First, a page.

The book is great especially if you’ve young children that love to read, or something that you can read to them. I love folktales, when I visited my friend the last time, I asked his mom to tell me some of the old Lao folktales, hearing it in Lao version is a lot more fun imo, but it’s somewhat difficult to understand because it’s very poetic in nature.

  2. ahhhhhhhhhhhhhhhhhhhhhhhhhhhhh!!!!!!!!!!!!!!!!!!!!!!!! Pee KongKoi… !!!!!!

    When I was growing up, I was always scared of Pee Kongkoi. It was a favorite tale to tell during gatherings. They say that komgkoi’s feet are turned backwards. So even if he walked forward, looked like he was going backwards! Scary.

    • lady0fdarkness, I think there are many versions out there. I kind of thought that it was told to us so that we’d not wander off into the forest and get lost, but if there is such thing as Phi Kongkoi, I sure don’t want to meet him or her.

  3. p’nye! when i was reading this i was a bit scared, but afterwards it didn’t seem scary at all. I’ve heard of Phi Kongkoi, just the name itself, but I have never heard the story of it. I like Thai and Lao folktales, but as I was growing up, I was never told of these kind of stories.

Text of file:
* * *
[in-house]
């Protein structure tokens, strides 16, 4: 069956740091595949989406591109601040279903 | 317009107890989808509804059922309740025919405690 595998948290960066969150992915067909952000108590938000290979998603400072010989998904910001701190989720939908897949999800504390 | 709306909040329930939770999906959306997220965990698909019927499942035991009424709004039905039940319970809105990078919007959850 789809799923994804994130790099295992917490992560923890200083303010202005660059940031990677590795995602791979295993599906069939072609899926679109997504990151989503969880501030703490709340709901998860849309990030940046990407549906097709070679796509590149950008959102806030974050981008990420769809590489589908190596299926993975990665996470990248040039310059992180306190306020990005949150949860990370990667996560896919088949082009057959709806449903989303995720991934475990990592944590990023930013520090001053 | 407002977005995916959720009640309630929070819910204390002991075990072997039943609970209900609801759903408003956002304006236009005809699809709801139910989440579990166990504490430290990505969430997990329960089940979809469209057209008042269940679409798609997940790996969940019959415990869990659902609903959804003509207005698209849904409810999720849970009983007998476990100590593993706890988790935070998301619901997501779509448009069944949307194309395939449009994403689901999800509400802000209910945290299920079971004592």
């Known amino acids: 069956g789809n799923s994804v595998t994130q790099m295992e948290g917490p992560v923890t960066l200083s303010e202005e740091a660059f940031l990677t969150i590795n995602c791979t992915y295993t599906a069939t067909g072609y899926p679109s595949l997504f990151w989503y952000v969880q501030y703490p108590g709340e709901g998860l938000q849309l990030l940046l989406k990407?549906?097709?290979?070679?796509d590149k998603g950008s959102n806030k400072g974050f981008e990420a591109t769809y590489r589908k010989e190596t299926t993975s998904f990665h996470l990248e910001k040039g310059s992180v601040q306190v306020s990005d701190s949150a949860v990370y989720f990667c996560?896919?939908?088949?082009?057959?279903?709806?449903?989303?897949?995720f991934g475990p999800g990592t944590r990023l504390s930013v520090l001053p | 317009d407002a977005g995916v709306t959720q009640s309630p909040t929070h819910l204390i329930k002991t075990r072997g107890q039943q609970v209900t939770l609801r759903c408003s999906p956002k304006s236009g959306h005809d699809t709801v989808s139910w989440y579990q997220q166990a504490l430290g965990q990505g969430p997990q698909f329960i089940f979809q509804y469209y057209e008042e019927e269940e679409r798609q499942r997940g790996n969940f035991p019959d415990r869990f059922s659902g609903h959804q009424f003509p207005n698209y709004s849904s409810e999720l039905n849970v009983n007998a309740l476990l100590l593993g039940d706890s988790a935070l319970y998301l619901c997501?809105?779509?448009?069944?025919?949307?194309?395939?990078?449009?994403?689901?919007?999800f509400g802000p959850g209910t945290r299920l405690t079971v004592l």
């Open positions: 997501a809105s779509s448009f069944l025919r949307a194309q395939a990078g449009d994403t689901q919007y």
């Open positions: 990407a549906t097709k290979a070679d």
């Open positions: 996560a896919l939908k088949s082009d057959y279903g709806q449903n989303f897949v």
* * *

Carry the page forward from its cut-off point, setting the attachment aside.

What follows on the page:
• julie, might be because you grew up in the US, back in Laos and Thailand, the elders would tell the story to the village children in the Evening, and when we were growing up in Thailand, there was a radio station by Loung Phon that we loved to listen to. My sister (Danny’s mom) would also tell the story to the children in the evening, she was about 15 years old at the time, and when she got sick with malaria and had to be hospitalized, I took her place and tell story, I was a lot younger than her, but I heard plenty, it was fun.

  4. Nye, where did you find this book at? Phi Kong Koi is classic lao folktale.. I think every lao kids growing up in Laos knows about this story.

    What about this story… “thip kaow noi khar mae taiy”???? Have you ever heard of it?

    • seeharhed, I bought it from my local Barnes and Nobel, but they didn’t have it in stock, and they ordered it for me and had it shipped to my home, and I didn’t have to pay for the shipping charges. Lee loves most of the stories in there.

      I don’t think the story “thip kaow noi khar mae taiy” was in there, my mom told me about it when I was little, that it was about a man waiting for his mom to bring him lunch. He was so hungry, and when he saw that the rice basket that his mom brought him was so small, he became angry and killed her. He then sat down and ate, but couldn’t finish before he became full, and realized that he should have listened to his mom, that the small rice basket would be enough for him. Lesson learned, but it was too late…to apply this to today’s living, never go grocery shopping when you’re hungry, you’ll end up buying more than you really need.